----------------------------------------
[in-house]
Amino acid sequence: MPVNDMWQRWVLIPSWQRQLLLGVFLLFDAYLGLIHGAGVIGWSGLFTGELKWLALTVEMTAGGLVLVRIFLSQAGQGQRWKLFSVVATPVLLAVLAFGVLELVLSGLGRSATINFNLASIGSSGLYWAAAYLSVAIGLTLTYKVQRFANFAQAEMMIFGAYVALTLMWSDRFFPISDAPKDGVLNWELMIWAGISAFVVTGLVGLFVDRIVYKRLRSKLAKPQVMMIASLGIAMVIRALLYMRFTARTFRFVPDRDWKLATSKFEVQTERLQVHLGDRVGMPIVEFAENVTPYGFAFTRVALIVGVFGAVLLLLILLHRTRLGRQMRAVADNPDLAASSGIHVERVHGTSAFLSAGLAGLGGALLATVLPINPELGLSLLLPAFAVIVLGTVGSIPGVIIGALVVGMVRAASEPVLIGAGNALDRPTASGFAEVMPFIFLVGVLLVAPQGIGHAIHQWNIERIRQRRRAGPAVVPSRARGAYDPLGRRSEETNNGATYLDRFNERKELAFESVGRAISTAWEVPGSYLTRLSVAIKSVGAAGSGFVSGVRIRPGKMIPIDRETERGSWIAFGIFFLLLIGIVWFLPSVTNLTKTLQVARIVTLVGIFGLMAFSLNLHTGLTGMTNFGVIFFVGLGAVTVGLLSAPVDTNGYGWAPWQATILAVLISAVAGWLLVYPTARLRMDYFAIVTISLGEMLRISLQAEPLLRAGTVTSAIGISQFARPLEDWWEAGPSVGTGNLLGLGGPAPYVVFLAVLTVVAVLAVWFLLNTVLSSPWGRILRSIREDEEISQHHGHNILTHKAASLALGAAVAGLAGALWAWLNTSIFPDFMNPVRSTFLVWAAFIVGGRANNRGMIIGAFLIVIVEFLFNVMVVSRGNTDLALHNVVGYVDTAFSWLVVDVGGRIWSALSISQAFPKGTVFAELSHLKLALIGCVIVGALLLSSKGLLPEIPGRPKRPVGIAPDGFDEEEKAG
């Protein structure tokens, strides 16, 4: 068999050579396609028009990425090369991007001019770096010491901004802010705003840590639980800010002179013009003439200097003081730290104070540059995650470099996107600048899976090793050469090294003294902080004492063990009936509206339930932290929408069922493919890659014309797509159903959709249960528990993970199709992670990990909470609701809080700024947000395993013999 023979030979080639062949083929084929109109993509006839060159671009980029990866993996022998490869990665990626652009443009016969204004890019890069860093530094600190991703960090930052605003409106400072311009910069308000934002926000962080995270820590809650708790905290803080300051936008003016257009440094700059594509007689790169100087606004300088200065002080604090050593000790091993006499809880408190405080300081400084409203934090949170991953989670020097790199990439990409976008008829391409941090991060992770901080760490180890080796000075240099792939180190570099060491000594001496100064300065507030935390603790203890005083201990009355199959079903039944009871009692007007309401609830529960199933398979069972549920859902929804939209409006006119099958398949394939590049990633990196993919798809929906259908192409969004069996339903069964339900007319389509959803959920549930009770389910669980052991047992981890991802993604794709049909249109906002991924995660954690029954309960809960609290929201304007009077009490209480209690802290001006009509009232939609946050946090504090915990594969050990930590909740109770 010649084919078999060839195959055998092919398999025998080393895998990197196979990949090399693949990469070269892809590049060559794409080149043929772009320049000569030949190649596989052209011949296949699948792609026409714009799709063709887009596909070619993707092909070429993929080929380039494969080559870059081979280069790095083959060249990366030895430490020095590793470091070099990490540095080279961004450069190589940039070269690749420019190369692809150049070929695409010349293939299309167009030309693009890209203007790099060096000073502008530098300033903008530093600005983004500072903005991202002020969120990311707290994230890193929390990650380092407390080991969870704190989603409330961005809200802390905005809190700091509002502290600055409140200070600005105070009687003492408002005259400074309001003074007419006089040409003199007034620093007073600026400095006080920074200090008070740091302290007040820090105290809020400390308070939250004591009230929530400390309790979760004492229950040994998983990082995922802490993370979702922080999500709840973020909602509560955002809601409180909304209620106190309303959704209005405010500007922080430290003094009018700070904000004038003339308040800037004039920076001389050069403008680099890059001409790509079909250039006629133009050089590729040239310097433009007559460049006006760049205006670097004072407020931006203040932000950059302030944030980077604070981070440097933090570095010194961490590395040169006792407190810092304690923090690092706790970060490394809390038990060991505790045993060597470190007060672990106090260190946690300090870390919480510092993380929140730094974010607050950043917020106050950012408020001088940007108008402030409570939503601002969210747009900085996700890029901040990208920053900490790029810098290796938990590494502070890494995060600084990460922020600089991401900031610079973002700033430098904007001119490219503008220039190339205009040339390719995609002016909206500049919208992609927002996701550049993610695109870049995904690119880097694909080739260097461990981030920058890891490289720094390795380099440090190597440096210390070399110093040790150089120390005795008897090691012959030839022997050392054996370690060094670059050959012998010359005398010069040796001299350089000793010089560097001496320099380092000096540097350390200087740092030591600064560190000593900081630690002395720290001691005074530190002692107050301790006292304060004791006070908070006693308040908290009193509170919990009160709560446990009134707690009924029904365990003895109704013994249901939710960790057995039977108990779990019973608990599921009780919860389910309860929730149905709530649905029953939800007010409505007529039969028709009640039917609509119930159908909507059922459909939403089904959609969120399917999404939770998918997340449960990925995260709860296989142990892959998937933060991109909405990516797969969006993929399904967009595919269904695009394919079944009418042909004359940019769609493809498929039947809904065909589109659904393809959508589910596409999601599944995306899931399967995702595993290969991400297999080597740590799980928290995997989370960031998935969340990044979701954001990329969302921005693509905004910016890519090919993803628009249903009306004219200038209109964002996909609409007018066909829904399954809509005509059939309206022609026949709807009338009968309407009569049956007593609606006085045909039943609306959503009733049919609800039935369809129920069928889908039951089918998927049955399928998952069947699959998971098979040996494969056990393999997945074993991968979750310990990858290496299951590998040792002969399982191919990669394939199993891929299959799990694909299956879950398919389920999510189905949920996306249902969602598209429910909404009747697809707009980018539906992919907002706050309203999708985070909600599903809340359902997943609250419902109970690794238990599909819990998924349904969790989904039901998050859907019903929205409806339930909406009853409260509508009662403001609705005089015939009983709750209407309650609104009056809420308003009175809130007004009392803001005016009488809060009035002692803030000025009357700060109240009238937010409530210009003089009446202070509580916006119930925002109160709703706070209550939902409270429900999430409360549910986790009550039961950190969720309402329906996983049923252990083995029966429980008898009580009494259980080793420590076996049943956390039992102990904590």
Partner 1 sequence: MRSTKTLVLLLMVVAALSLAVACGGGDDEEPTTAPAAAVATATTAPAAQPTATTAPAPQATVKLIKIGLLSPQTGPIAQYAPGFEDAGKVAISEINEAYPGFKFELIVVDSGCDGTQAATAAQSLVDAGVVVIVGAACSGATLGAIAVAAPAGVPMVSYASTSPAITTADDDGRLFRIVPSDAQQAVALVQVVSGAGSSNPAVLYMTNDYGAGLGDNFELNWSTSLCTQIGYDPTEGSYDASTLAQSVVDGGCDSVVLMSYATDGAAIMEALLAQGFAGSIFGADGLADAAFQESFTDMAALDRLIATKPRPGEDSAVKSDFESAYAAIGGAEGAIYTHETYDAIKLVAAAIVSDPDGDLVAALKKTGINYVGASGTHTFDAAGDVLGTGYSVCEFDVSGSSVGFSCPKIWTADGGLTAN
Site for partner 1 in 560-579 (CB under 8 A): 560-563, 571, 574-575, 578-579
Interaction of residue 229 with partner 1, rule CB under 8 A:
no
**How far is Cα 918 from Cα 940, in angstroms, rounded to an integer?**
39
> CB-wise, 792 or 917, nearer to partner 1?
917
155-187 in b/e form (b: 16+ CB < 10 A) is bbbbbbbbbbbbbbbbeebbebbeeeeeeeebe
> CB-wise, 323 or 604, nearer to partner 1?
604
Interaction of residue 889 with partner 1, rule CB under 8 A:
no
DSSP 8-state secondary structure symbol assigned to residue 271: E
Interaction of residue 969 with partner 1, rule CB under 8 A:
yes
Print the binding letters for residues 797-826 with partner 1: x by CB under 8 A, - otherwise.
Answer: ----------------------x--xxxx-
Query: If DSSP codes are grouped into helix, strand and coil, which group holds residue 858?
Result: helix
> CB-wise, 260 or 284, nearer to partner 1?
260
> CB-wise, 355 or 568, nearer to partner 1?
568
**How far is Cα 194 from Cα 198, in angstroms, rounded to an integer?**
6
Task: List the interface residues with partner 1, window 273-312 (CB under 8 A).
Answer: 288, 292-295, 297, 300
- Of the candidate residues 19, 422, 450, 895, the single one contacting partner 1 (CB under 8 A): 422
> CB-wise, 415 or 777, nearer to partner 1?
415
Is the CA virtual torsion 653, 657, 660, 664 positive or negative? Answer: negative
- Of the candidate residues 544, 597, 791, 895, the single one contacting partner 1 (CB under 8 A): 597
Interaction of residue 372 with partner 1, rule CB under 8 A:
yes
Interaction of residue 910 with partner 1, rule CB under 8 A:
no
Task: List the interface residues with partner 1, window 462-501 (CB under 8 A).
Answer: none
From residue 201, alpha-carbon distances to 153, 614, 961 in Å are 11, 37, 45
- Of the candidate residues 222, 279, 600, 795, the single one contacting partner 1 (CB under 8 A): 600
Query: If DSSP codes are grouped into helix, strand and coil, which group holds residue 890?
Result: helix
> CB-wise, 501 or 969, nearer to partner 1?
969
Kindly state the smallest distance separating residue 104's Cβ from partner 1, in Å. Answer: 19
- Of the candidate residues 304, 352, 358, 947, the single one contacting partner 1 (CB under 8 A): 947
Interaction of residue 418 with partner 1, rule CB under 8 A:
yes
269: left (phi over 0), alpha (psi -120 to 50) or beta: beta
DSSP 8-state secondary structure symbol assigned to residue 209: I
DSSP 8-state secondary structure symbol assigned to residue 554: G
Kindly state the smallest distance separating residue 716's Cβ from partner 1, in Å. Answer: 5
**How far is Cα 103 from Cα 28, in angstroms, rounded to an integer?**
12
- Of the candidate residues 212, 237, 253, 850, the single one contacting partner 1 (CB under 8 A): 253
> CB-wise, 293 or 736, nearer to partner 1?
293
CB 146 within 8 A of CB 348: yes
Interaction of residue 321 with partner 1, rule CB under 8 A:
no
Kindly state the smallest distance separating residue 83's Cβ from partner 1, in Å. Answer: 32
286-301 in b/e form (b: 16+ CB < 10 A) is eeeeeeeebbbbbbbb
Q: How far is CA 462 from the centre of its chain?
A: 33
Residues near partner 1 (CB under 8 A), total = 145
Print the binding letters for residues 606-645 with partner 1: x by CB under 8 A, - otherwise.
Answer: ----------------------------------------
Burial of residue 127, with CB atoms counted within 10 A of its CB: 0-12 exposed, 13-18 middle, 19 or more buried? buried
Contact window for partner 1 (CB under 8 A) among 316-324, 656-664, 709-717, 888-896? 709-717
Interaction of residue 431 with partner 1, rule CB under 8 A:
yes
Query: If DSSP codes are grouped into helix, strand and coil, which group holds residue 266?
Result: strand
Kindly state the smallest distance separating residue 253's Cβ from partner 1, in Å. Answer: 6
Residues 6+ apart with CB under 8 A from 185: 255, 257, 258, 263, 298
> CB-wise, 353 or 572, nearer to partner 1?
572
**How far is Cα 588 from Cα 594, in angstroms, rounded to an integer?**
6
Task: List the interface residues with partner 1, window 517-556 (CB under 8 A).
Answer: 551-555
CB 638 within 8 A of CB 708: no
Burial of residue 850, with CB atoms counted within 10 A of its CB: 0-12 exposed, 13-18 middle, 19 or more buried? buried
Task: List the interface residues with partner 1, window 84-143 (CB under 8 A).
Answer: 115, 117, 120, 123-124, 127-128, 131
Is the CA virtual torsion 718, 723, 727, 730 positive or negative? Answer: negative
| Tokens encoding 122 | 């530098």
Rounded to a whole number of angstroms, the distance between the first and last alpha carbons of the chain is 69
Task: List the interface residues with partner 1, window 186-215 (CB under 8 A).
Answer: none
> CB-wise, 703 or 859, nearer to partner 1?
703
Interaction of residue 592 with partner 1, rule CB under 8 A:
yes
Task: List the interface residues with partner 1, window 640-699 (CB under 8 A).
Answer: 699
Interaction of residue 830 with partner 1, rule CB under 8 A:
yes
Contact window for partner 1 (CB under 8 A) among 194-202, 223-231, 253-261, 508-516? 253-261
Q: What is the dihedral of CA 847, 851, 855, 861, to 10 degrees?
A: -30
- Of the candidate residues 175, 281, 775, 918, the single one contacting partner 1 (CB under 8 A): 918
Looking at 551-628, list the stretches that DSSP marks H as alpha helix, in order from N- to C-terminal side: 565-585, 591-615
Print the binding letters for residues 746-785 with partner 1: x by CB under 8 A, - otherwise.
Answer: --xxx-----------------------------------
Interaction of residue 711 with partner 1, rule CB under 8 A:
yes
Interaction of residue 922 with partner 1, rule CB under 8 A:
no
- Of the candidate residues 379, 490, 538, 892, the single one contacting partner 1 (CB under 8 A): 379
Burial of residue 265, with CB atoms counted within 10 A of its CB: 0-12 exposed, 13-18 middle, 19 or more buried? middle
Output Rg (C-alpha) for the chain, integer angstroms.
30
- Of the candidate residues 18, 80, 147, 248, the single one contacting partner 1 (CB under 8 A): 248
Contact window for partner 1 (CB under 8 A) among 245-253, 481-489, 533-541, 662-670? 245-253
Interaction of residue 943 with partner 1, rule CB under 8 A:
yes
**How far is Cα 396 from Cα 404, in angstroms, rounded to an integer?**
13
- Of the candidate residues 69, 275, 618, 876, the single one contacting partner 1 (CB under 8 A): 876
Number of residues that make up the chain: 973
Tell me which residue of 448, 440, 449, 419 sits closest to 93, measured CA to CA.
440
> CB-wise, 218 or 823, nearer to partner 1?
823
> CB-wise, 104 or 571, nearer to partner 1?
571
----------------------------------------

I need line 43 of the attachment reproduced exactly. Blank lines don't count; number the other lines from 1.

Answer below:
From residue 201, alpha-carbon distances to 153, 614, 961 in Å are 11, 37, 45